It has been a relatively long break since my last post but these are exciting (and busy!) times. I recently watched Kungfu Panda 3, it was an interesting and entertaining animated movie about a Panda who had forgotten what it was like to be a Panda. In one particular scene, “Po” (aka. The “Dragon Warrior”) had to learn how to travel down a hill by rolling like a Panda. As you might imagine, it was a painful (and hilarious!) scene for “The Dragon Warrior” who ended up bruised and battered on his first bumpy attempt!
Rolling Pandas; What does it mean for us?
Like a Panda rolling comfortably down a hillside, highly effective leaders must be able to recognise and adapt quickly to changes in their environment or risk becoming battered and bruised!
An interesting Leadership Theory known as the “Path-Goal Leadership” theory was developed in 1971 by Robert House. This theory of leadership was special in a way that it recognised the need for an effective leader to “change with the times”.
Instead of type-casting leadership, House preferred to view leadership as an adaptable skill which required strategic application and adaptability to its environment. This meant that there was no longer any one “best” type of leadership but effective leaders should be able to employ the most suitable “style” to lead based on their followers and the circumstance. The theory identified 4 “styles” of leadership which could be employed by an effective leader;
(i) Directive Style: (“What and how I want you to do…“)
This is where you need to provide clear and detailed instructions including expectations and timelines. Normally happens when your team comprises of relatively low skilled and workers who may not be able to work independently very effectively.Your tasks are complex and are not sufficiently routine for your team to master effectively without your constant supervision. An example is when you have to manage a group of young interns to deliver customer service at the restaurant or new trainees working in a workshop. You need to be very specific with your instructions and expectations in order for them to understand and feel confident enough to work.
(ii) Achievement-Oriented Style: (“How high do I need you to jump…“)
This is when you set stretch goals to challenge your team. You would probably be working with a high-performance team who can deliver great results and would probably be bored or even apathetic to you (and your leadership) if they feel that you are not able to provide them with sufficient level of challenge. Your team would be quite happy to be left to their own devices, and they would already be an effective and productive contributor. As a result, the primary expectation from them is for you to be able to provide them with meaningful challenges. An example of this is when you are working with a team of brilliant young scientists in a R&D laboratory to develop a cure for malaria. You should probably never need to tell them how to go about doing their work but you might want to look at how you can keep setting challenging goals for them.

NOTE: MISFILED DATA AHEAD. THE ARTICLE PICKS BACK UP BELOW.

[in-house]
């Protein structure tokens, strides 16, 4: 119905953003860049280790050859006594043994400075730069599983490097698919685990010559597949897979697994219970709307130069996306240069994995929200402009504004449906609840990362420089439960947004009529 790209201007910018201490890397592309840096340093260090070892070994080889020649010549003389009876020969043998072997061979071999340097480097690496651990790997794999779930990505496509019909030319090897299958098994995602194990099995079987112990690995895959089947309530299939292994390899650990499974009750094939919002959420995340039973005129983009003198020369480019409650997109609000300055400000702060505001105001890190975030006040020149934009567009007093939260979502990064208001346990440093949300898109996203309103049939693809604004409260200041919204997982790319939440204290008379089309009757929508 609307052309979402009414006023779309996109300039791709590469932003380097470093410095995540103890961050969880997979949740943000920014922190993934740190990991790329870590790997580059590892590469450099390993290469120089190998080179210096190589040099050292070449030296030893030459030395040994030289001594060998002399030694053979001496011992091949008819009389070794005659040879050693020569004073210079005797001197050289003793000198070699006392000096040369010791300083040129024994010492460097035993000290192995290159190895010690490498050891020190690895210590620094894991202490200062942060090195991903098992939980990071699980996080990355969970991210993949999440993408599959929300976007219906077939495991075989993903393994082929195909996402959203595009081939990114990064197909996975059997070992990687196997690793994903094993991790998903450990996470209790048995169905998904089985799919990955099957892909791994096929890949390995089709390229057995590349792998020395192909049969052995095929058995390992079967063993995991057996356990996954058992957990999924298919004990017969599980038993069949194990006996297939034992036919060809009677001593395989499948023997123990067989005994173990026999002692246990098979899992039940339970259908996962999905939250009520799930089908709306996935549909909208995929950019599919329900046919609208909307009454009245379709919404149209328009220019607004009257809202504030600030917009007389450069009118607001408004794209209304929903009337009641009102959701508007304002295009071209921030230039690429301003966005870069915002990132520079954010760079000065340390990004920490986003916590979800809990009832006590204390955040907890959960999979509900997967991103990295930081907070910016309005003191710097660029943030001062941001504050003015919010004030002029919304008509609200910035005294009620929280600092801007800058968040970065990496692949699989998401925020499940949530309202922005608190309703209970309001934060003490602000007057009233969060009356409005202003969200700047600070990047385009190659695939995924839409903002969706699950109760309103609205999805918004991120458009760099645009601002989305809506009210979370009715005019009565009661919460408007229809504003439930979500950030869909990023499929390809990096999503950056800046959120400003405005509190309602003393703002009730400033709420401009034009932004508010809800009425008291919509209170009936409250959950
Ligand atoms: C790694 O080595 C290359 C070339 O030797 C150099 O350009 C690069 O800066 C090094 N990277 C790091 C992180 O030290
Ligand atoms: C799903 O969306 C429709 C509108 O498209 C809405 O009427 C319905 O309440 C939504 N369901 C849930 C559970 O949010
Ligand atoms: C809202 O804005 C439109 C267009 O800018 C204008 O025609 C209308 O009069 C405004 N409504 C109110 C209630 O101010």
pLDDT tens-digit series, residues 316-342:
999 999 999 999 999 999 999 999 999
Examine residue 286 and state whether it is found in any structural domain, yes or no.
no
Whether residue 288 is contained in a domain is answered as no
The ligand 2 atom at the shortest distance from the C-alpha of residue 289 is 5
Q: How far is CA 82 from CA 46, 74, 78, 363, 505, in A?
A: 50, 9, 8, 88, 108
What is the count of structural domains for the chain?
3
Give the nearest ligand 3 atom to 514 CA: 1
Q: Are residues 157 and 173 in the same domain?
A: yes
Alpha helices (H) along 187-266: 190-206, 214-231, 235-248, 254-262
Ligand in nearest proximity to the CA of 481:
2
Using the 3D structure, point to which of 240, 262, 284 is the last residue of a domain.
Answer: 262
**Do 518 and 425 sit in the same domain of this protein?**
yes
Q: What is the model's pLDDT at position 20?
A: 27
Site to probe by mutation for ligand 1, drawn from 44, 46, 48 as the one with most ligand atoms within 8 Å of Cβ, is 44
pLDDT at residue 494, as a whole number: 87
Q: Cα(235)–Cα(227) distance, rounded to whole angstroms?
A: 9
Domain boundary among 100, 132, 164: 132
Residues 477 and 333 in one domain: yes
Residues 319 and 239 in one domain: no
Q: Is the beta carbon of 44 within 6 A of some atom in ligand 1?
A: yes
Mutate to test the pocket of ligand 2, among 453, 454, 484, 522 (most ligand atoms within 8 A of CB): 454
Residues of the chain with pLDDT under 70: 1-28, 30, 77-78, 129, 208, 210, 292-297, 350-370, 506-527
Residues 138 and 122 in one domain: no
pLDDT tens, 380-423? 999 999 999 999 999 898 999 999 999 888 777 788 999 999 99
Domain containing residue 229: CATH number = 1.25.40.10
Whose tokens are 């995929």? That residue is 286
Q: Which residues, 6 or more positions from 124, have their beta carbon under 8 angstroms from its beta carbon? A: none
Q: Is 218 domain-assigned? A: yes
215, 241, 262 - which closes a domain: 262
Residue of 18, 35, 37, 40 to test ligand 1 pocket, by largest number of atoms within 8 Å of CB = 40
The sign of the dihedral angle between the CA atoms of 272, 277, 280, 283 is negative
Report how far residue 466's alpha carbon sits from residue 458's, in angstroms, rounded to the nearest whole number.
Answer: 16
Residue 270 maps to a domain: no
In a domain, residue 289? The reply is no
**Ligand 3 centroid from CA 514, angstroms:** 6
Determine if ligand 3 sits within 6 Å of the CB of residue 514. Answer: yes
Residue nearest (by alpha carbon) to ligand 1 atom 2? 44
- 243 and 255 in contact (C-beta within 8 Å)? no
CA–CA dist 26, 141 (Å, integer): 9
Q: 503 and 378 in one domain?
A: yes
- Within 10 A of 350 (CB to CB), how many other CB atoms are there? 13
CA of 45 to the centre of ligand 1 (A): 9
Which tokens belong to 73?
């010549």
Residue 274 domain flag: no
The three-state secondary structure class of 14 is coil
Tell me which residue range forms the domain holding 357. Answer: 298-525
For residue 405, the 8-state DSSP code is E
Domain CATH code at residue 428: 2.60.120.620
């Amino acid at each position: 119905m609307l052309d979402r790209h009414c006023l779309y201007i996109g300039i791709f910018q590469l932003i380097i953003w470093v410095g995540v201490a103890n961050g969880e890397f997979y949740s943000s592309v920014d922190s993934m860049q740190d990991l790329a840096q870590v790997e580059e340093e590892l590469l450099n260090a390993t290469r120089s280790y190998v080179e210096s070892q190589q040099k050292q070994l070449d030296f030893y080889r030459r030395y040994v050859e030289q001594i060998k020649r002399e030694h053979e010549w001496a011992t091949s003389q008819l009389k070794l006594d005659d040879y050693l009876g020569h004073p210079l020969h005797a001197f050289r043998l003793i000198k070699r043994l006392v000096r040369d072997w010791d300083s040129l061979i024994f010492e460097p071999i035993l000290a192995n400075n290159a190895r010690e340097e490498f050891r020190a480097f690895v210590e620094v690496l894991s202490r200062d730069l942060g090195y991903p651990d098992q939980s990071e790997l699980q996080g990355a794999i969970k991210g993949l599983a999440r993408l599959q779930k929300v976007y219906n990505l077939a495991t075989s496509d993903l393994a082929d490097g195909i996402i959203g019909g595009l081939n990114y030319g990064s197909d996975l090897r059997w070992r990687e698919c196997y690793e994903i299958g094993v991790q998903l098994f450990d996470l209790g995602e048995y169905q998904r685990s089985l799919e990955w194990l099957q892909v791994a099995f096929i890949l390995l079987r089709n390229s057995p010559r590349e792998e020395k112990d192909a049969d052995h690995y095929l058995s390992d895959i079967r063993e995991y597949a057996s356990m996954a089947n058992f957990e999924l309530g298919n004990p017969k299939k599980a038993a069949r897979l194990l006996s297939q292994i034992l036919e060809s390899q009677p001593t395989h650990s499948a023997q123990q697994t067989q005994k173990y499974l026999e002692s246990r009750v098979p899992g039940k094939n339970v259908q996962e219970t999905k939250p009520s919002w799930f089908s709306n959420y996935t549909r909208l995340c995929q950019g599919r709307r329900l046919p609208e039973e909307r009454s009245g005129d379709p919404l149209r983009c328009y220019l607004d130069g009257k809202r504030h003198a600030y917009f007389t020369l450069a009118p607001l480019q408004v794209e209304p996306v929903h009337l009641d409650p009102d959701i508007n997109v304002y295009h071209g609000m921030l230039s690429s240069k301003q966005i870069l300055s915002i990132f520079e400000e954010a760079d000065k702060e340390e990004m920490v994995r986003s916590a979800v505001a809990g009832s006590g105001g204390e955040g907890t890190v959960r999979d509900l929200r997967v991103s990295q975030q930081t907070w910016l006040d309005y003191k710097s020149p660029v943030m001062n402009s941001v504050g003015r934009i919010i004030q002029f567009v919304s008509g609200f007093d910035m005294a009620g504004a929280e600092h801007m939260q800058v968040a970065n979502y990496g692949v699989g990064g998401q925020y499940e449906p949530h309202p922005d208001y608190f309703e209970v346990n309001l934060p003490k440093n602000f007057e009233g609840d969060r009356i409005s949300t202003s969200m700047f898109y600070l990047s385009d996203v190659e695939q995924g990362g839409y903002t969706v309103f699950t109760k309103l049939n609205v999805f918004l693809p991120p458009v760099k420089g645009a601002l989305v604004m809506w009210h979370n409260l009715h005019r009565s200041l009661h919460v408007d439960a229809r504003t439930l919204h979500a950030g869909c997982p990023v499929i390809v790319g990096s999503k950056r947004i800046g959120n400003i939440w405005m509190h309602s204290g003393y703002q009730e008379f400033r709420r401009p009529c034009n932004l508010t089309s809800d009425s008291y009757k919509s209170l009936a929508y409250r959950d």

(iii) Participative Style: (“What do you think…?“)
This happens in very similar settings to the earlier Achievement-Oriented style. Again, your team would already be highly effective and competent individuals and may even already be working effectively as a team. In this situation, the expectation is for the leadership to engage and involve the team in making important decisions for the team. Drawing on motivational theories, you would need to be able to identify when your team members start to value respect and power over achievement.
Continuing with the earlier example, this is when instead of just young brilliant minds, you are working with a team of brilliant yet highly experienced scientists who may have their own thoughts on how the research should proceed. You will probably fare well if you are able to constantly engage them for major decisions about the work.
(iv) Supportive Style: (“How are you feeling…?“)
This style of leadership is most useful for situations whereby the nature of work is simple and routine. You know that your team is able to master the tasks but they are still dependent on you for motivation and support. Left to their own devices, they can still accomplish the tasks but may choose not to.
An example would be when you have to work with seasoned frontline staff who may be subject to consistent stress and pressure from their clients. Whilst they may be able to manage the clients effectively, they will constantly turn to you for support and motivation. This is when you have to start providing the listening ear and emotional support.
The above 4 styles of leadership represent different responses to the people and tasks which a leader may be faced with. It is important to note that there is no one “best” style but rather, effective leaders need to be able to adapt their style to the surrounding people and environment.
As an effective leader, you must exercise “fluid leadership” which allows you to adapt quickly and effectively to the circumstances you face. A highly effective team can quickly degenerate into mess when they are suddenly faced with an unfamiliar circumstance and this is when you might be required to flow from a “Participative style” to a “Directive Style” in order to overcome the challenge. However, once the team has demonstrated that they have and can overcome the challenge, you must be able to flow right back into the “Participative Style” again.
When you meet with your team in the morning, do you first ask how they are feeling? Or do you check on the work progress immediately? By simply being aware of what questions you ask in the morning, you can easily identify what style of leadership you are employing. Are you rolling comfortably down that hillside, or are you breaking your back with every bounce down that slope?
Good luck and have fun leading!